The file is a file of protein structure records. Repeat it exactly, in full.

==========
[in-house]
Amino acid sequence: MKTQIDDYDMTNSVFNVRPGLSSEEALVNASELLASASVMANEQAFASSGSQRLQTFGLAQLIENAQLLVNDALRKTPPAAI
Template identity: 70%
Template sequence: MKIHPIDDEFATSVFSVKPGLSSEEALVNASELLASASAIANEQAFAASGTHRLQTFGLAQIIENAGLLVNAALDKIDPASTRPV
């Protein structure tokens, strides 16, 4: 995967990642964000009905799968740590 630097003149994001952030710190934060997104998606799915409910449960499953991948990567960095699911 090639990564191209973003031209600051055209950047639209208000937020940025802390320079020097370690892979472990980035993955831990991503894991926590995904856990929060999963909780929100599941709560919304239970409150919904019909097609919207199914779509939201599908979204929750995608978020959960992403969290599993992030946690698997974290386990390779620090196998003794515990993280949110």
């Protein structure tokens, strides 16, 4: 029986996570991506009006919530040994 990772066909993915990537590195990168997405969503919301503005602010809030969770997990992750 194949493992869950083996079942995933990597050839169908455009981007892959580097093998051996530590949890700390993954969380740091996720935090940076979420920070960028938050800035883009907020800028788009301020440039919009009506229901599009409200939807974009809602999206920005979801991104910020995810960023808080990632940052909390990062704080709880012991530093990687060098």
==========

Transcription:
[in-house]
Amino acid sequence: MKTQIDDYDMTNSVFNVRPGLSSEEALVNASELLASASVMANEQAFASSGSQRLQTFGLAQLIENAQLLVNDALRKTPPAAI
Template identity: 70%
Template sequence: MKIHPIDDEFATSVFSVKPGLSSEEALVNASELLASASAIANEQAFAASGTHRLQTFGLAQIIENAGLLVNAALDKIDPASTRPV
């Protein structure tokens, strides 16, 4: 995967990642964000009905799968740590 630097003149994001952030710190934060997104998606799915409910449960499953991948990567960095699911 090639990564191209973003031209600051055209950047639209208000937020940025802390320079020097370690892979472990980035993955831990991503894991926590995904856990929060999963909780929100599941709560919304239970409150919904019909097609919207199914779509939201599908979204929750995608978020959960992403969290599993992030946690698997974290386990390779620090196998003794515990993280949110």
């Protein structure tokens, strides 16, 4: 029986996570991506009006919530040994 990772066909993915990537590195990168997405969503919301503005602010809030969770997990992750 194949493992869950083996079942995933990597050839169908455009981007892959580097093998051996530590949890700390993954969380740091996720935090940076979420920070960028938050800035883009907020800028788009301020440039919009009506229901599009409200939807974009809602999206920005979801991104910020995810960023808080990632940052909390990062704080709880012991530093990687060098």